Uruguay E-Scientia Exhibit

LOCATION: Montevideo, Uruguay



  • IEEE Educational Activities Board
  • Espacio Ciencia


E-Scientia is an interactive exhibit on electro-technology. The aim is to show high-school students the importance of electrical engineering and to display how electronic devices work, as well as who designs them and how they are manufactured. The exhibit ultimately is intended to generate interest in the electrical, electronics and computer engineering fields by mixing information in an interactive, technological setting.

The exhibit is centered on the Franklin 125 Y module and is a model of a spaceship located at the Espacio Ciencia science museum in Montevideo, Uruguay. Each participant is part of a flight mission, where they must build an electronic device to provide power, propulsion, communications, life maintenance and defense for the spacecraft. The devices are built using educational electronic kits. Prior to the building of the devices, participants undergo a basic training based on a multimedia experience. After the mission is completed, they are shown a video on IEEE. At the end, each participant receives a diploma of “Junior Engineer,” and prizes are handed out for the best performance.

The exhibit’s content has been designed by engineers in Spanish. To enhance the program, a contest to design an English-language translation of the exhibit’s contents will be held, in order to make the exhibit experience both bilingual and universally replicable. The contest will occur in three phases.

In the first phase, secondary-school students from The British School and EIHU-IAHU in Montevideo, along with science and English teachers, a psychologist, museum staff and IEEE volunteers, will assess the present material for the E-Scientia’s program website and exhibit. Once the guidelines for new content are determined, engineering students from student branches of Universidad de la República (state university), Universidad ORT (prívate university) and Universidad Católica del Uruguay (private university) will be eligible to submit to the preliminary content contest, which is the second phase. A task force, over the course of three months, will determine up to four winners.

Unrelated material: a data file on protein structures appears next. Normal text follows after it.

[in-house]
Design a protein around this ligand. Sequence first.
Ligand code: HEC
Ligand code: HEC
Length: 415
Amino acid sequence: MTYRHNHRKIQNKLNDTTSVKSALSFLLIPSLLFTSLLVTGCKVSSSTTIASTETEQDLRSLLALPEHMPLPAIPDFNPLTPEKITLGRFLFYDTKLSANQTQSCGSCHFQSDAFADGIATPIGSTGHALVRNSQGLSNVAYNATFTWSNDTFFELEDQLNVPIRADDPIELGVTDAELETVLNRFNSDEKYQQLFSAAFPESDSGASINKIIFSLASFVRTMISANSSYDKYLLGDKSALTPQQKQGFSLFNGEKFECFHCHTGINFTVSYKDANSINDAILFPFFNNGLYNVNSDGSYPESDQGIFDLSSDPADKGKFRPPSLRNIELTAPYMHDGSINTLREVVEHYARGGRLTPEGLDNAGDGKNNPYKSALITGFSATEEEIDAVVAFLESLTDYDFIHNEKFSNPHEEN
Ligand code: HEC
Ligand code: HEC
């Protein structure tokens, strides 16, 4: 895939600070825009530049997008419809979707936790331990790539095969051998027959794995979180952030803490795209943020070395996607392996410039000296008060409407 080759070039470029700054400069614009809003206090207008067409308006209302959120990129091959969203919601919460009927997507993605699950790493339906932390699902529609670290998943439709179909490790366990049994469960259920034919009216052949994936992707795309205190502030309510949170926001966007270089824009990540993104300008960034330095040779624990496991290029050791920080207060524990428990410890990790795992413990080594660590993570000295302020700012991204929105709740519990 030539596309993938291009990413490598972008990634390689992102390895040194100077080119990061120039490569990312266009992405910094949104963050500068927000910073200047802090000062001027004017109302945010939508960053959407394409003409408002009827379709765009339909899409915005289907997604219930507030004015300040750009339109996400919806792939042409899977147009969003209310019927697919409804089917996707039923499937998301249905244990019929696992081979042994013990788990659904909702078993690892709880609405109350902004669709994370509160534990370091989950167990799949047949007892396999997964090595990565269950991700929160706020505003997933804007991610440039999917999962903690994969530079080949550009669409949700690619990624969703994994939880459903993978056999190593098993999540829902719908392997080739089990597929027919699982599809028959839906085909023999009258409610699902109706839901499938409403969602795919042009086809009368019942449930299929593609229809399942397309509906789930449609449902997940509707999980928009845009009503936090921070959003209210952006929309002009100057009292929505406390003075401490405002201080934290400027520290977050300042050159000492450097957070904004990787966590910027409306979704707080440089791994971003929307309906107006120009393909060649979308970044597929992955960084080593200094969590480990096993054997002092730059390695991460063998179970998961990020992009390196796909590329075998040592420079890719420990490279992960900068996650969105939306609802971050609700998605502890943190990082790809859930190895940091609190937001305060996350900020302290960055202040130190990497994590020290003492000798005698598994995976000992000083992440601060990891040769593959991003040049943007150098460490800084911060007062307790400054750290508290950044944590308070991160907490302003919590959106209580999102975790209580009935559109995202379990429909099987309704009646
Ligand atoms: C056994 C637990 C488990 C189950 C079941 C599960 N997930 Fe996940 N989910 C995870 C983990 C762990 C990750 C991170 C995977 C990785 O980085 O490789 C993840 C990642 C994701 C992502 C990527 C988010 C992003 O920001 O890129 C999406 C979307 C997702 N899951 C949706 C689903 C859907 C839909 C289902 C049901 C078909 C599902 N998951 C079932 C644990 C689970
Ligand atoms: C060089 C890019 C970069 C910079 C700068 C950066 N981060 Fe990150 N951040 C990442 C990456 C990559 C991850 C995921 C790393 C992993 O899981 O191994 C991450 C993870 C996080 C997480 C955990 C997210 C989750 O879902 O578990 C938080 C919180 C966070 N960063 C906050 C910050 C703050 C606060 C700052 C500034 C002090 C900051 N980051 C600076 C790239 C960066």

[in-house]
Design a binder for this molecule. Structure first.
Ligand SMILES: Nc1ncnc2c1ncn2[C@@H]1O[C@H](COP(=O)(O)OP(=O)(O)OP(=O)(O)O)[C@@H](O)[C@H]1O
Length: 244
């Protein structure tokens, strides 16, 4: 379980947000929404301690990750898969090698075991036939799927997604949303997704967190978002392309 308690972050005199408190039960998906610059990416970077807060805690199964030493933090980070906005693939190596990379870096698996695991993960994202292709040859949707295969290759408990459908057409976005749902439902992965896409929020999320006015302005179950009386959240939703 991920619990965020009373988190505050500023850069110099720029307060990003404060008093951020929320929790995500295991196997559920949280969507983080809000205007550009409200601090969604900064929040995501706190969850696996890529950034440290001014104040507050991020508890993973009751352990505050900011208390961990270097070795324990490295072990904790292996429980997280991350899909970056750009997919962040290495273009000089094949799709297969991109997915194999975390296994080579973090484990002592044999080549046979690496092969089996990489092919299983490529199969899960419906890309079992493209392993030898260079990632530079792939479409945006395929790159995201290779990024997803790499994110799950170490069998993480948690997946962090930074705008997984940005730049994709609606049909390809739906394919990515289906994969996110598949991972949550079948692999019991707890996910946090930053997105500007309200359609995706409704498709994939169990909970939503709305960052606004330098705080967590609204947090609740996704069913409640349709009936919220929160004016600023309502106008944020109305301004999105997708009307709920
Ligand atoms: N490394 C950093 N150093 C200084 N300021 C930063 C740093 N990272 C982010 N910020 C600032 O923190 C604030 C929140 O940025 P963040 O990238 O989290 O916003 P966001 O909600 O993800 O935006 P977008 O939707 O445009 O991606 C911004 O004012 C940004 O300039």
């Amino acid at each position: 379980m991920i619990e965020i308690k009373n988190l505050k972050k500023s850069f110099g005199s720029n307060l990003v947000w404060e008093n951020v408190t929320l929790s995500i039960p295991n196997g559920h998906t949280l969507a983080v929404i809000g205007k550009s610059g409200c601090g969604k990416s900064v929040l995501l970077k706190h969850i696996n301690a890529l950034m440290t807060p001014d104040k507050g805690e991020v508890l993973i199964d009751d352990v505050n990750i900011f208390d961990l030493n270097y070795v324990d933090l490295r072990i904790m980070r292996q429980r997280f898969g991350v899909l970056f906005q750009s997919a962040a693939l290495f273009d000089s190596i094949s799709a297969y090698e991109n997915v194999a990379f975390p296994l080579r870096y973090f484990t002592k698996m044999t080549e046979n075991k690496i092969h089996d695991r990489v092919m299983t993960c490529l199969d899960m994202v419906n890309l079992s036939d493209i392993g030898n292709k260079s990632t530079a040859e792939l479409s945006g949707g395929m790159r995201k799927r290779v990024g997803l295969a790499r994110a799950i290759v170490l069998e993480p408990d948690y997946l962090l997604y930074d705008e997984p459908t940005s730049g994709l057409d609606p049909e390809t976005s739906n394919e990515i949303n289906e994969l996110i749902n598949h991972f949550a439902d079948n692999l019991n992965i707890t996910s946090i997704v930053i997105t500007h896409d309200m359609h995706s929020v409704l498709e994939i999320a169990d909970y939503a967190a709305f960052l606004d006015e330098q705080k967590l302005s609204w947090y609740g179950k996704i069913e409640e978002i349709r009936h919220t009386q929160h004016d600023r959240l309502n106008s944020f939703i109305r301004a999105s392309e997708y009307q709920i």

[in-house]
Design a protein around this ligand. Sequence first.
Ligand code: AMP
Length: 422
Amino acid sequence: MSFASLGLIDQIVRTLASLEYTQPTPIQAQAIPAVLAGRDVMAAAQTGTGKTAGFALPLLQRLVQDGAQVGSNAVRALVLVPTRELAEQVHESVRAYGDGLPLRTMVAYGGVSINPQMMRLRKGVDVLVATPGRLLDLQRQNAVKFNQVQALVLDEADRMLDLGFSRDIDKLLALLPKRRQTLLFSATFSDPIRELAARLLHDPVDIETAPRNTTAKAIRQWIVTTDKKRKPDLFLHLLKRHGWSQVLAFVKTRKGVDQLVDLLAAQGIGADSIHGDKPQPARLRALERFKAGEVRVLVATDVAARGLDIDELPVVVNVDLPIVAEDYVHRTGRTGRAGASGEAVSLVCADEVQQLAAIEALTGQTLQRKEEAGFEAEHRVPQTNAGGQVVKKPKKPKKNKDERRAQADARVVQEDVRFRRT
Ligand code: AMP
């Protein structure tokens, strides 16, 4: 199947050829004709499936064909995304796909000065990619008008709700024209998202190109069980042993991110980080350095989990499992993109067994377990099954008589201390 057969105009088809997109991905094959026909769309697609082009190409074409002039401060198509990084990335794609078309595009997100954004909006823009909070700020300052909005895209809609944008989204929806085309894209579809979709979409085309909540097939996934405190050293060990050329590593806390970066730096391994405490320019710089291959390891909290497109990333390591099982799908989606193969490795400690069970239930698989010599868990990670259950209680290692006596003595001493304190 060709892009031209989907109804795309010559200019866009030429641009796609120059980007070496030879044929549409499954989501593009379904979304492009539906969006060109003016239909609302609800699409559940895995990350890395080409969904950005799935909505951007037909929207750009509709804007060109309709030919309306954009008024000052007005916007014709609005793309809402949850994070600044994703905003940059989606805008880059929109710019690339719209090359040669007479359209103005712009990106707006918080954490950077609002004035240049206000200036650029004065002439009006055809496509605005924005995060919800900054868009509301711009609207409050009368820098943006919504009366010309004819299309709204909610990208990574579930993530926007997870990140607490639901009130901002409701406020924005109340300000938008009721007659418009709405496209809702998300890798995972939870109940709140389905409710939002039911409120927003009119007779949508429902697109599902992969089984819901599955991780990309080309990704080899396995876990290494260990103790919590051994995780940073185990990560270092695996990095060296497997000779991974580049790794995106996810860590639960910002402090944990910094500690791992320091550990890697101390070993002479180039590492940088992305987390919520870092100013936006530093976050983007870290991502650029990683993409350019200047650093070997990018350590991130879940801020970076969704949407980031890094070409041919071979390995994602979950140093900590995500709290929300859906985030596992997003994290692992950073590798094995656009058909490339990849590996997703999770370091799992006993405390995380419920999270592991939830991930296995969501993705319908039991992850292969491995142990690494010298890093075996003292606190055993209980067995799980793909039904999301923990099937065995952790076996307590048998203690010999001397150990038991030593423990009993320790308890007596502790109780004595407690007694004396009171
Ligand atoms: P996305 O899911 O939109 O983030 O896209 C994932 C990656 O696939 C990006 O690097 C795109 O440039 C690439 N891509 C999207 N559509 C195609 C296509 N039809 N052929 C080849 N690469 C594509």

The four finalists will then enter the third phase of contest, in which material for the website and multimedia content for the E-Scientia platform will be presented over the course of three to four months and assessed by the task force. Winners will be chosen for the web content prize ($2,500), and the multimedia content prize ($2,500). The content will be installed and tested by IEEE volunteers and secondary-school volunteers in the E-Scientia exhibit at Espacio Ciencia.

The Ministry of Culture and Education, the National Administration of Small Businesses, the National Administration of Secondary Schools and the Technological Laboratory of Uruguay (LATU) have endorsed the project.

IEEE’s E-Scientia Page

In July 2010, the IEEE launched a new exhibit, named E-Scientia, that stimulates real-time electronics engineering at Espacio Ciencia in Montevideo, Uruguay.

E-Scientia is directed toward pre-university level students ages 8-16 with preliminary interest in science and engineering. The exhibit is presented in a large, space-ship like structure equipped with the latest computational, electric circuit hardware, and audio visual equipment. Students use this equipment to solve challenges posed during a simulated space flight.

Interactive Exhibit Launched at Uruguay Science Museum | July 2010

IEEE has launched an interactive science exhibit at the Espacio Ciencia museum in Montevideo, Uruguay. The E-Scientia exhibit is aimed at raising awareness among high school students about careers in electrical engineering, computer science, and technology by demonstrating how electronic devices are designed and applied. The museum, a self-styled interactive center of science and technology, is part of the Technological Laboratory of Uruguay, which works to sustain the country’s economic development through innovation.

Launched in July, the E-Scientia exhibit was developed by volunteers from the IEEE Educational Activities Board. The exhibit, meant to be visited by groups of high school students, is a 3-meter-high, 6-meter-long replica of the Apollo 11 Eagle spacecraft. Inside are five interactive stations that deal with different aspects of electrotechnology: communications, energy, propulsion, defense, and biomedicine. In addition to museum staff, volunteers from local IEEE student branches are on hand to help explain the technical concepts.


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